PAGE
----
“One ad offers $100.00 off any dental service. Another ad is good for $50.00 off every $500.00 spent. ‘Free whitening for life’ works as well as in-office patient referral system,” wrote one Colorado dentist, “Another offer that’s working is $1,000.00 off on any Invisalign case with up-front payment.”

When it comes to promo offers you really just want to make a token offer. Giving patients a small discount can be a great way to show appreciation and good faith. If you offer up a huge discount, you’re only going to attract those patients who really don’t want to pay for care.

So be cautious in your dental marketing when making a promotional offer.

If you’d like to learn more go to Dentists Putting Dental Work on Sale, or sign up for our free wealthy dentist newsletter to cast your own vote in future surveys.

Sedation Dentists: What is the Cost of Sedation Dentistry? (video)

cost of sedation dentistryThe Wealthy Dentist conducted a survey that asked dentists about the cost of sedation dentistry.

The cost of sedation dentistry varies widely among dentists. Of course, if you are a dental patient spending thousands for cosmetic dentistry, then sedation fees are just a drop in the bucket.

The average fee for oral conscious sedation is about $300. Some dentists don’t charge, whereas others ask as much as $650.

A third offer IV sedation, charging about $500. But intravenous sedation fees ranged from $250-$800. Only 6% have general anesthesia capabilities. Ranging from $320 to $1200, anesthesia costs around $700.

“My IV sedation fee is based on the amount of time needed to complete dental procedures,” said a Florida pediatric dentist.

“Most of the time I don’t charge for the sedation as these are usually very large (20K plus) cases,” reported a Texas dentist.

To hear more of what dentists had to say about sedation dentistry, please click play and watch the following survey video –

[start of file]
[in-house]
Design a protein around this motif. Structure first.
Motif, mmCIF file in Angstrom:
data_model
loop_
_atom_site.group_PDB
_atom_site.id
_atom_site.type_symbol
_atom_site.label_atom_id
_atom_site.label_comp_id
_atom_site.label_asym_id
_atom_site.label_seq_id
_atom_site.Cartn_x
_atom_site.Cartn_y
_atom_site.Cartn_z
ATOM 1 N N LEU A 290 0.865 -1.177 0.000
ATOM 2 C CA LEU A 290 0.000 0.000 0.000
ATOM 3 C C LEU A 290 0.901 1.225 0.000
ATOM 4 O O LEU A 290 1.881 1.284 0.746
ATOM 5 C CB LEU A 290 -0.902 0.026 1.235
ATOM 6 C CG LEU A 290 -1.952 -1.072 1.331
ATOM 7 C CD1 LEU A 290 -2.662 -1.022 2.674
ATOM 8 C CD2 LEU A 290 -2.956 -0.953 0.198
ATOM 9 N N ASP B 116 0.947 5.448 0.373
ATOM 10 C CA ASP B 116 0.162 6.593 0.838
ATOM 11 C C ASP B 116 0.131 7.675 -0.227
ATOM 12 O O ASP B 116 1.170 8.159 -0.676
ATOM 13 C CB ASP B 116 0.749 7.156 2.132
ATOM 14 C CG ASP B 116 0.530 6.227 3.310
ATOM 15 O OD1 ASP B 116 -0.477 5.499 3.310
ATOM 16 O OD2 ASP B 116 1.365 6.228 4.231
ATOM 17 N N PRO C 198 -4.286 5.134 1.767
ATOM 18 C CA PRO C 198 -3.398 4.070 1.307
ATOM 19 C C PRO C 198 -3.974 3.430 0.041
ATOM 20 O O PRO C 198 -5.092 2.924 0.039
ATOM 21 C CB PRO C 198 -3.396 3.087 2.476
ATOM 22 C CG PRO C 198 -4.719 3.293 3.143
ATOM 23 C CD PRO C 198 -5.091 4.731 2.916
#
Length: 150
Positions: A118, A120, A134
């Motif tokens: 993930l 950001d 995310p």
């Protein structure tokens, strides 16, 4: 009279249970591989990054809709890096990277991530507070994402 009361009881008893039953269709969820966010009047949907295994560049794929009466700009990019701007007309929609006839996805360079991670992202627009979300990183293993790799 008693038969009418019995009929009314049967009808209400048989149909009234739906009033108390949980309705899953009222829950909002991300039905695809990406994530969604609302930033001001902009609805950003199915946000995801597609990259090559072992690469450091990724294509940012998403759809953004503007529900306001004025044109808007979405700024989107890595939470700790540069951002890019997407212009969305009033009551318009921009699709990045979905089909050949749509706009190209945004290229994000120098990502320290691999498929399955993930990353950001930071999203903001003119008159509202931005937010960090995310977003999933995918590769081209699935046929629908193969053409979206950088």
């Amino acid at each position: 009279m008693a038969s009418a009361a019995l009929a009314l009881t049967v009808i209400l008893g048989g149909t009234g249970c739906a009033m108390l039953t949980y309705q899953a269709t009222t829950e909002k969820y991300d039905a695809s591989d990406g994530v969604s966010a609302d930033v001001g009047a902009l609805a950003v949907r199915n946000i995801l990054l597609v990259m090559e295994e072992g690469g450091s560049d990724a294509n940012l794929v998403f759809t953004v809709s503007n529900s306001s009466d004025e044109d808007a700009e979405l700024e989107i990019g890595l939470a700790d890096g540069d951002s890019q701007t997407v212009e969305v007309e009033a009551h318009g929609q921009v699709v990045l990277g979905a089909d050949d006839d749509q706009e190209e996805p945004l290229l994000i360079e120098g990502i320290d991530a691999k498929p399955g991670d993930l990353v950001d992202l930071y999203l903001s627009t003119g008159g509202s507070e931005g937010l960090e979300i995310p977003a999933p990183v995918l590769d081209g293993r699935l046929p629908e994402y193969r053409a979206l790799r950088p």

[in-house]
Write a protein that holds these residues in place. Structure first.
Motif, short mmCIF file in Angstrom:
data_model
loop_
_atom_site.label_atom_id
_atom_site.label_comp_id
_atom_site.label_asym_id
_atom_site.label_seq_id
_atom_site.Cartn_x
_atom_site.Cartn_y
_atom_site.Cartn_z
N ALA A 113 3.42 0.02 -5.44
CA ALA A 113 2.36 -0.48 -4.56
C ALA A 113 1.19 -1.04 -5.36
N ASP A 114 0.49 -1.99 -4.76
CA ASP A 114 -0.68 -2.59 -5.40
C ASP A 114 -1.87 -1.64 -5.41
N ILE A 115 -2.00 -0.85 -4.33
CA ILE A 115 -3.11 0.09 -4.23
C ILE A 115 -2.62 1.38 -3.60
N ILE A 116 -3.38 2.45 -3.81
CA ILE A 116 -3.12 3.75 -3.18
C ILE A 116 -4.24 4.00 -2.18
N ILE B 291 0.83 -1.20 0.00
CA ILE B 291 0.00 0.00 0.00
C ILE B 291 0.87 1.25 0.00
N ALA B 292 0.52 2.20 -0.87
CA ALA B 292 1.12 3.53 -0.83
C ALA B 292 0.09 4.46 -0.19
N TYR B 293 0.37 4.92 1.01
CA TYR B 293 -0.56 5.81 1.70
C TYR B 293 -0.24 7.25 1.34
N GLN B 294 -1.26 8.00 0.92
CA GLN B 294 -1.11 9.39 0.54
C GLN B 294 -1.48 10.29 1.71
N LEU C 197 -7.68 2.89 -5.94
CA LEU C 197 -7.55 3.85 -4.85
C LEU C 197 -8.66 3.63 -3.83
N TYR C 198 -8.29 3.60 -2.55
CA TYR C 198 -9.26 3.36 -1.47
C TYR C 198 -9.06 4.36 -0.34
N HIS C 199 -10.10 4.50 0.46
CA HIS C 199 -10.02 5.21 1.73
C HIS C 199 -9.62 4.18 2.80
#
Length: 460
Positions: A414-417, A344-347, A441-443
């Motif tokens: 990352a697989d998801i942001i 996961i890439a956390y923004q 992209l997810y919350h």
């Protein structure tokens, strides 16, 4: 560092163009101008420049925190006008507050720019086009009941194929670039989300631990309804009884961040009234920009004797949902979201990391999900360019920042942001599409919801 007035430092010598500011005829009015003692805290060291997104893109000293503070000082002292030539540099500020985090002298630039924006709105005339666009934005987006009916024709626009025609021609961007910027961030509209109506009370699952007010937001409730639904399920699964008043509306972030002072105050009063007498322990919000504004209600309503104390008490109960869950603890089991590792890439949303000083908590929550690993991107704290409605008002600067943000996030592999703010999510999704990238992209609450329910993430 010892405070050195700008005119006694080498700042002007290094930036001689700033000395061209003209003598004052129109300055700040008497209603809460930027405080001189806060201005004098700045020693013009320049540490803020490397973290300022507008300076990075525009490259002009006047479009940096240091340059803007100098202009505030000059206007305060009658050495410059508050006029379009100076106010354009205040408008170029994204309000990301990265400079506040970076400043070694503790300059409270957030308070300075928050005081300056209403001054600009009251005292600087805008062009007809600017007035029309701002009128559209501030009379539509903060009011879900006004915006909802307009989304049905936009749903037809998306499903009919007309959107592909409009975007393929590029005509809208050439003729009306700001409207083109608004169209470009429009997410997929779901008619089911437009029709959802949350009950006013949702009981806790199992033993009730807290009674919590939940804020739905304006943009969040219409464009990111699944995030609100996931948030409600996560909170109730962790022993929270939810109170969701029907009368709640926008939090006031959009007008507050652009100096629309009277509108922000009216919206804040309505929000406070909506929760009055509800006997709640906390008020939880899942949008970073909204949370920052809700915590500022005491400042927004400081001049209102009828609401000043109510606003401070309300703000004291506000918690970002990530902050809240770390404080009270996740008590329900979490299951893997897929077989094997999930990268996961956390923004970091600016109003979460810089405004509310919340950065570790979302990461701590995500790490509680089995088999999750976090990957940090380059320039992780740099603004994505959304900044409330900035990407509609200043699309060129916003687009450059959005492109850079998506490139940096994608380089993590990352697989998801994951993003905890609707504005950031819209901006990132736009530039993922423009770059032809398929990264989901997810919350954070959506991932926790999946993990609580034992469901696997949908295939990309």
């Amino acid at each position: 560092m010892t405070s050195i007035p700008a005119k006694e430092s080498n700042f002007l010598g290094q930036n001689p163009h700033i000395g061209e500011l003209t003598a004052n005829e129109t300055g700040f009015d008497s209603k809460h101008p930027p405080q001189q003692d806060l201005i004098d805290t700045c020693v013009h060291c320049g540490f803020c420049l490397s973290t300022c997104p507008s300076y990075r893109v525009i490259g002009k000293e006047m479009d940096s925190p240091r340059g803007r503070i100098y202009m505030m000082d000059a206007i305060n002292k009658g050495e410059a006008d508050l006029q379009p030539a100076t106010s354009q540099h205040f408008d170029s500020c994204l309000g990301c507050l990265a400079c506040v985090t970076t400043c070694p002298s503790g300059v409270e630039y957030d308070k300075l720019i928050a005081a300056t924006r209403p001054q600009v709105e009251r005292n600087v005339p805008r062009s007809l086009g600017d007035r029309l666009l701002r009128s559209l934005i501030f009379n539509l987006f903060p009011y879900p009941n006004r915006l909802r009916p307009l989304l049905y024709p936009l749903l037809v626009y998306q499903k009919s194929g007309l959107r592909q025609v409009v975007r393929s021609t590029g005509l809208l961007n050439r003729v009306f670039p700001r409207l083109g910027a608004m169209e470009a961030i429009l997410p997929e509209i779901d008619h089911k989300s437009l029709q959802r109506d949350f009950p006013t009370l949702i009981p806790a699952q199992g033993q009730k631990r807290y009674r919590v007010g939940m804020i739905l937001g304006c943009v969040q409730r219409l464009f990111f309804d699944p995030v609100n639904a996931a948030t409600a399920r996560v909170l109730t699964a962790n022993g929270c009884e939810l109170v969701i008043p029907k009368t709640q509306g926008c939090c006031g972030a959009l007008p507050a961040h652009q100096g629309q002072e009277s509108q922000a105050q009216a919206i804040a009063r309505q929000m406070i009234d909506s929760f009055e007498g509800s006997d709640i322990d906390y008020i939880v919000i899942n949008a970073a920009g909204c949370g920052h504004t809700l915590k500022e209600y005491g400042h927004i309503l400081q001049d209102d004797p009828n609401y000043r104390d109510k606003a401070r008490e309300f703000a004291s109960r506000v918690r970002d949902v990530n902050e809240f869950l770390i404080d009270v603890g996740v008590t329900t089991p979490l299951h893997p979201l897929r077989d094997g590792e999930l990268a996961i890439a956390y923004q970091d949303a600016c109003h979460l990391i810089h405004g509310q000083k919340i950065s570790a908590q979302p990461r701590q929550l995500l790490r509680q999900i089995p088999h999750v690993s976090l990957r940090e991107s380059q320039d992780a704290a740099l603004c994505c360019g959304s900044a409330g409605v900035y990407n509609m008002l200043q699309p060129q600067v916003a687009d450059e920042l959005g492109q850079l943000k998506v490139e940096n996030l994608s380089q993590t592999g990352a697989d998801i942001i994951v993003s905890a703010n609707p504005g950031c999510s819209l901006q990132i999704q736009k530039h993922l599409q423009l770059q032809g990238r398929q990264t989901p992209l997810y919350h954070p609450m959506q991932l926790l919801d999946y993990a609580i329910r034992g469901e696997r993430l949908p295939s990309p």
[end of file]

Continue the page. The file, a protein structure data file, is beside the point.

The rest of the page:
Conscious sedation dentistry helps lower patients’ anxiety and marketing sedation dentistry to the anxious dental patient is a smart way to bring in new dental patients.

What do you charge for oral conscious sedation at your dental practice?

For more on this survey see: Sedation Dentistry: Cost of Peace of Mind

Dentists Worry About Long Term Use of NTI Splint (video)

NTI splint surveyThe NTI-splint is a dental mouthguard used to treat headaches, migraines and teeth grinding. But there are dentists who worry about its long-term use.

“I think the NTI-splint does more damage than good. It is only for immediate pain relief, not as a long-term appliance,” said a California prosthodontist.

“NTI causes open bite issues and long-term damage to the TMJ’s,” reported a Texas dentist.

Some dentists worry that improper use of the NTI can cause orthodontic problems or jaw pain.

“The NTI caused a patient increased TMJ pain,” said a Georgia dentist. “The NTI creates anterior open bites if used for the long term,” declared a Hawaii dentist.

To hear more of what dentists had to say about NTI-splints, please click play and watch the following survey video –

In general, it’s great for dentists have more treatment options in their bag of tricks, but the NTI is like almost any other treatment modality: if you don’t know what you’re doing, you can do more harm than good.

What has been your experience with the NTI-splint at your dental practice?